We welcome an appeal in this matter, and only hope that the research we have done and the matters we have presented, may sufficiently interest the judges of the court of appeal to the end that an appellate court decision may be forth-coming, passing upon this question.
Nothing could be more salutary to the speedy and prompt administration of criminal justice than for an appellate court to put its stamp of disapproval on the dilatory tactics evidenced by the so-called independent actions in equity and instead require a use of, or adherence to, the adequate remedy set forth in Rule 41(e).
In our case the civil action was filed November 13, 1957. Prior to indictment an application ex parte, for a temporary restraining order was made and refused. On November 14, 1957, an indictment was returned. On November 19, 1957, a motion for a preliminary injunction was filed, served and properly
If this motion, made and ruled on after indictment was returned, is considered "so closely associated with the criminal proceeding as to be deemed a part of it," Cogen v. United States, 1929, 278 U.S. 221, 227, 49 S.Ct. 118, 120, 73 L.Ed. 275, or is "merely a procedural step in a pending trial" which "must be determined by particular circumstances" of the case, United States v. Wallace & Tiernan Co., 1949, 336 U.S. 793, 802, 69 S.Ct. 824, 829, 93 L.Ed. 1042, then the order is not independently appealable and this is the end of the controversy in this civil case. United States v. Williams, 4 Cir., 1955, 227 F.2d 149, written by Chief Judge Parker, is directly in point. A motion to suppress was made on September 9, 1954. The indictment was filed November 15, 1954. The motion to suppress was decided on May 17, 1954. The government appealed claiming the motion to suppress was a civil matter and that there was a 60 day period to appeal. The court dismissed the appeal and held "In so far as it (the motion) related to the suppression of the evidence, the order was clearly interlocutory and not independently appealable" (at page 151).
Also in point is the latest statement of the Supreme Court in Carroll v. United States, 1957, 354 U.S. 394, 404, 77 S.Ct. 1332, 1339, 1 L.Ed.2d 1442, "But a motion made by a defendant after indictment, and in the district of trial has none of the aspects of independence just noted, as the Court held in Cogen v. United States, 278 U.S. 221, 49 S.Ct. 118, 73 L.Ed. 275. As the opinion by Mr. Justice Brandeis explains, the denial of a pre-trial motion in this posture is interlocutory in form and real effect, and thus not appealable at the instance of the defendant." [Emphasis supplied.]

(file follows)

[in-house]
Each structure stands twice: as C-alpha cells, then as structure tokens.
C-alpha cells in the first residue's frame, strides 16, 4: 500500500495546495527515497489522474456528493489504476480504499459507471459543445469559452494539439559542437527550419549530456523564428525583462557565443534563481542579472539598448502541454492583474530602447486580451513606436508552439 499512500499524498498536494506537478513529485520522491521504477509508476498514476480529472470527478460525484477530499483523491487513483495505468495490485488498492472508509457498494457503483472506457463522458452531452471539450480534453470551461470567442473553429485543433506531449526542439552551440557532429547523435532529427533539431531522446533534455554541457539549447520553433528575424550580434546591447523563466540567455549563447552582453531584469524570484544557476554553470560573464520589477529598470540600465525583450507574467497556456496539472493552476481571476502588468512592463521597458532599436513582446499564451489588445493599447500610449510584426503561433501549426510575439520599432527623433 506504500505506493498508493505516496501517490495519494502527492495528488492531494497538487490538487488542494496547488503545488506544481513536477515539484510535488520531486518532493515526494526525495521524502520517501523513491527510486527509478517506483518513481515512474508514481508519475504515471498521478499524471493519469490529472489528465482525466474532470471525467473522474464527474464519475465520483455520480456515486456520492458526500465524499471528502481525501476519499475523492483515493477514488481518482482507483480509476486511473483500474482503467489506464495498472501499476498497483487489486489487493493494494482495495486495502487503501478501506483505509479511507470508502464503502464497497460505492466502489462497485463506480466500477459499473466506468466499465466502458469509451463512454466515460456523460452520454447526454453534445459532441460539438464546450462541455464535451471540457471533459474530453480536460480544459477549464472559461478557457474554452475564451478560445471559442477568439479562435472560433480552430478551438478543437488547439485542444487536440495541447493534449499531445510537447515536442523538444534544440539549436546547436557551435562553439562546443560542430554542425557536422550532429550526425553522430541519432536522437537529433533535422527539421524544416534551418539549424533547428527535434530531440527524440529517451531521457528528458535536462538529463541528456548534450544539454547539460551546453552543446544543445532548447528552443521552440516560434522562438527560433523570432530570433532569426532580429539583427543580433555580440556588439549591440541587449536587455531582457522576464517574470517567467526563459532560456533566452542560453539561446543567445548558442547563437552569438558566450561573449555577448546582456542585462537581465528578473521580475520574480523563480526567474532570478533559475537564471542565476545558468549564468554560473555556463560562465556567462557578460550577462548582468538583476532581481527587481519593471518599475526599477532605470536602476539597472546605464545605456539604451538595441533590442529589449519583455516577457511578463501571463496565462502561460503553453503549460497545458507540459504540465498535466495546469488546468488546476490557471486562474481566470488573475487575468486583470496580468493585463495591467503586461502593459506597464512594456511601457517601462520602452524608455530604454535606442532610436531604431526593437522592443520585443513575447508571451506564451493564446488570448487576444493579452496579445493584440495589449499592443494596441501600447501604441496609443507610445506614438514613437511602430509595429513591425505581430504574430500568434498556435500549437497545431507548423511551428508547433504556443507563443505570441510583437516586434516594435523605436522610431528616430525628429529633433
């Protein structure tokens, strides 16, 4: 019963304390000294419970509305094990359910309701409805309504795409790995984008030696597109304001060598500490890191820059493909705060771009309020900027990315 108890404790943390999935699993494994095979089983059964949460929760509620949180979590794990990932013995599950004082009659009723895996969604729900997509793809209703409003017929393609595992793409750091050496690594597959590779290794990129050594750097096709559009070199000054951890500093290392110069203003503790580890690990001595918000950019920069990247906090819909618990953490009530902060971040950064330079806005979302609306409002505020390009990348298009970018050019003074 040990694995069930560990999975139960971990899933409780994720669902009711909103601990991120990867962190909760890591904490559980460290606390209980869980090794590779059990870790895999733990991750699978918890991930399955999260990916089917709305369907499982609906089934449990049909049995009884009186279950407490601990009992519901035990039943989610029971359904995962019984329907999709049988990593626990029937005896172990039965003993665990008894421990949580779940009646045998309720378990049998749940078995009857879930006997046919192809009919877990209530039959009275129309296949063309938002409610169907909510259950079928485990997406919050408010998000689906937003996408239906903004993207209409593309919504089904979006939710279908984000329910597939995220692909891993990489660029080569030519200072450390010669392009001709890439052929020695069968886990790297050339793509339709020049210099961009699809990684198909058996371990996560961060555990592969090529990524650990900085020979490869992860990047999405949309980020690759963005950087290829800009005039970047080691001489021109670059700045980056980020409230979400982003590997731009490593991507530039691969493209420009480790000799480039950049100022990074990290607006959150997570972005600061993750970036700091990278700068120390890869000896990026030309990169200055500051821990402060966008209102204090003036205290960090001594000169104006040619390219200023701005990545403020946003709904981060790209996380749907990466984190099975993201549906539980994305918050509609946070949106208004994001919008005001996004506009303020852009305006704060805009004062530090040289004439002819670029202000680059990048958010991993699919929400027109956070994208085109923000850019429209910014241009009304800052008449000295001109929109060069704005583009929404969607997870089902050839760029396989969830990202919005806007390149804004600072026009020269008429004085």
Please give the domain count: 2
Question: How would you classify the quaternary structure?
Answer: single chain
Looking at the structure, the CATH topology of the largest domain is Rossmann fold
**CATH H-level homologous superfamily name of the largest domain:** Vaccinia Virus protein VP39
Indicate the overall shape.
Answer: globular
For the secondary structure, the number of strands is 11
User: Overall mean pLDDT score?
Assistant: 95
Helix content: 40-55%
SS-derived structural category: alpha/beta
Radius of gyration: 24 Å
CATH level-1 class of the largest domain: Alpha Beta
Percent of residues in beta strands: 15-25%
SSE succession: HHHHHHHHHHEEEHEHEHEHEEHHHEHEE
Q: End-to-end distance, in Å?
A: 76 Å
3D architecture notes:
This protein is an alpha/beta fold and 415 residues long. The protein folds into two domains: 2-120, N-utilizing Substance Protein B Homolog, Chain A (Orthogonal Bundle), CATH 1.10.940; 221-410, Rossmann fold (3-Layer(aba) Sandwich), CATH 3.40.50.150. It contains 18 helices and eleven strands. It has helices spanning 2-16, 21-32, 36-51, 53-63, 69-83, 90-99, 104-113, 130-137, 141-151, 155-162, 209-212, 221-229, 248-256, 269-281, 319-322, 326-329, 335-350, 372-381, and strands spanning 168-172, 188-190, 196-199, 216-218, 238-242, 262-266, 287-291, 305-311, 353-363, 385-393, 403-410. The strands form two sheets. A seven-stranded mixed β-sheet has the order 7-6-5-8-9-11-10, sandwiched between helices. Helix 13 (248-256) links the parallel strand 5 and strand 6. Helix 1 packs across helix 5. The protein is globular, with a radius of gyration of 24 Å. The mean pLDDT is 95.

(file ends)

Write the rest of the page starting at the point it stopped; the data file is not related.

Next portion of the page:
If the order be found appealable, as an appeal in an equity matter, then the principles of equity would seem to require the appellate court to consider the changed conditions brought about by the return of the indictment and to dismiss the appeal.
Accordingly, the court on December 6, 1957, made a written order as follows, "This civil action was filed before the return of the indictment against the plaintiffs and under case law the court then had jurisdiction of the action, and under the cases might have heard and determined such a motion.
In an action at law as contrasted with one in equity, relief is granted on the basis of the facts as they exist when the complaint (or supplemental complaint) is filed.
In equity, relief is granted or denied based on the factual situation existing at the time the determination is made.
Plaintiffs allege they have no plain, speedy and adequate remedy at law. This is a necessary predicate for equitable relief and must appear before equitable relief can be granted.
The undisputed facts, existing on the day of the hearing, demonstrate without question that the broad allegation that plaintiffs have no plain, speedy and adequate remedy at law is untrue.
An indictment pends against both plaintiffs. It is on the court's calendar this day for arraignment of the defendants (plaintiffs herein), and for their plea. It was returned after the filing of this civil case but before the filing of their motion for preliminary injunction. Rule 41(e) Federal Rules of Criminal
Plaintiffs thus had, at the date of filing their motion for preliminary injunction, and more important, on the date of this hearing, an adequate remedy at law. The granting of a motion to suppress will secure plaintiffs all the relief they could obtain by this civil motion.
Clearly the court is not required to exercise its equitable jurisdiction if a necessary predicate or prerequisite to that jurisdiction is absent.
Therefore, on the suggestion of the United States Attorney, and on the undisputed record of the files of this court, the court on its own motion, declines to exercise its equitable jurisdiction and declines to hear any evidence or grant any relief as prayed by plaintiffs in their motion.
The plaintiffs will be arraigned on the indictment pending against them. Their plea, at their counsel's request, will be continued to December 16th, 1957, at 10 A.M., and counsel for defendants, if he is so advised, may notice a motion to suppress evidence under Criminal Rule 41(e) for December 16, at 10 A.M.
He undoubtedly contemplates an appeal if a preliminary injunction is denied, and a further appeal from a decision at the trial if adverse to his clients.
Meanwhile he would delay the criminal proceeding while these maneuvers take place and probably request the circuit to enjoin the criminal proceedings while he reveled in the intricacies of civil proceedings and appeals!
In this case two persons who are essential government witnesses are in jail. The defendants are on bond!
"(e) Motion for Return of Property and to Suppress Evidence.